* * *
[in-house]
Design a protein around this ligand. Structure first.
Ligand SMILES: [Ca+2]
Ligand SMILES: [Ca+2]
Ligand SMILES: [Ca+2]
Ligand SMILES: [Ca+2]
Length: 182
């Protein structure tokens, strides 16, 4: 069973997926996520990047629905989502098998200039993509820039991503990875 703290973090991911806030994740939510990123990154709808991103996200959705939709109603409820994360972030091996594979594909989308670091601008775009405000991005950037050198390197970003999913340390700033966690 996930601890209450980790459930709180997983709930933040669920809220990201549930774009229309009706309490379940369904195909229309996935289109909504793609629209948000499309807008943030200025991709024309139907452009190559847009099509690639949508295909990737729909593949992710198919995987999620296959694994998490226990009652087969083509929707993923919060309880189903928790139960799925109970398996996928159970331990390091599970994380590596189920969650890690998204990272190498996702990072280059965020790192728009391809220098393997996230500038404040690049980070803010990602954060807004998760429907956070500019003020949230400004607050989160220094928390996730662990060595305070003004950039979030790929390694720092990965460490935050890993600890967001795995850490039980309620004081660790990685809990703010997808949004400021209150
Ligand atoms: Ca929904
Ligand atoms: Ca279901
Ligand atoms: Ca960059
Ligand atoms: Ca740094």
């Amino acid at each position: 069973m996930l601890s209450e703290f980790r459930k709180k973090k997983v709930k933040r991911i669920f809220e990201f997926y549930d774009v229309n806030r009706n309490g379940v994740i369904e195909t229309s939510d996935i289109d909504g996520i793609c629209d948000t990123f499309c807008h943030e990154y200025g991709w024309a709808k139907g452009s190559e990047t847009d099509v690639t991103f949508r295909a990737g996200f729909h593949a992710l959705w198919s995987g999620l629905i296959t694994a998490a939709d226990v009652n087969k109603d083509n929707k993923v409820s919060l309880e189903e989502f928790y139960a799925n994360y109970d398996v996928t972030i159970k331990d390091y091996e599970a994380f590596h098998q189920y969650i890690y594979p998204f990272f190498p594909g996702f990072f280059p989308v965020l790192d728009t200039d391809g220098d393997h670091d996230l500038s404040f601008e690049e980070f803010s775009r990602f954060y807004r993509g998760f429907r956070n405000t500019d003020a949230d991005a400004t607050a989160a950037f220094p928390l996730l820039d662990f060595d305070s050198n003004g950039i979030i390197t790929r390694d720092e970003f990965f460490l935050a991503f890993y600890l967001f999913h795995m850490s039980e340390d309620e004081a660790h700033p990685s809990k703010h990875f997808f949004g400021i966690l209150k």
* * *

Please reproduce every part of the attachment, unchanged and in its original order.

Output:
[in-house]
Design a protein around this ligand. Structure first.
Ligand SMILES: [Ca+2]
Ligand SMILES: [Ca+2]
Ligand SMILES: [Ca+2]
Ligand SMILES: [Ca+2]
Length: 182
């Protein structure tokens, strides 16, 4: 069973997926996520990047629905989502098998200039993509820039991503990875 703290973090991911806030994740939510990123990154709808991103996200959705939709109603409820994360972030091996594979594909989308670091601008775009405000991005950037050198390197970003999913340390700033966690 996930601890209450980790459930709180997983709930933040669920809220990201549930774009229309009706309490379940369904195909229309996935289109909504793609629209948000499309807008943030200025991709024309139907452009190559847009099509690639949508295909990737729909593949992710198919995987999620296959694994998490226990009652087969083509929707993923919060309880189903928790139960799925109970398996996928159970331990390091599970994380590596189920969650890690998204990272190498996702990072280059965020790192728009391809220098393997996230500038404040690049980070803010990602954060807004998760429907956070500019003020949230400004607050989160220094928390996730662990060595305070003004950039979030790929390694720092990965460490935050890993600890967001795995850490039980309620004081660790990685809990703010997808949004400021209150
Ligand atoms: Ca929904
Ligand atoms: Ca279901
Ligand atoms: Ca960059
Ligand atoms: Ca740094």
């Amino acid at each position: 069973m996930l601890s209450e703290f980790r459930k709180k973090k997983v709930k933040r991911i669920f809220e990201f997926y549930d774009v229309n806030r009706n309490g379940v994740i369904e195909t229309s939510d996935i289109d909504g996520i793609c629209d948000t990123f499309c807008h943030e990154y200025g991709w024309a709808k139907g452009s190559e990047t847009d099509v690639t991103f949508r295909a990737g996200f729909h593949a992710l959705w198919s995987g999620l629905i296959t694994a998490a939709d226990v009652n087969k109603d083509n929707k993923v409820s919060l309880e189903e989502f928790y139960a799925n994360y109970d398996v996928t972030i159970k331990d390091y091996e599970a994380f590596h098998q189920y969650i890690y594979p998204f990272f190498p594909g996702f990072f280059p989308v965020l790192d728009t200039d391809g220098d393997h670091d996230l500038s404040f601008e690049e980070f803010s775009r990602f954060y807004r993509g998760f429907r956070n405000t500019d003020a949230d991005a400004t607050a989160a950037f220094p928390l996730l820039d662990f060595d305070s050198n003004g950039i979030i390197t790929r390694d720092e970003f990965f460490l935050a991503f890993y600890l967001f999913h795995m850490s039980e340390d309620e004081a660790h700033p990685s809990k703010h990875f997808f949004g400021i966690l209150k």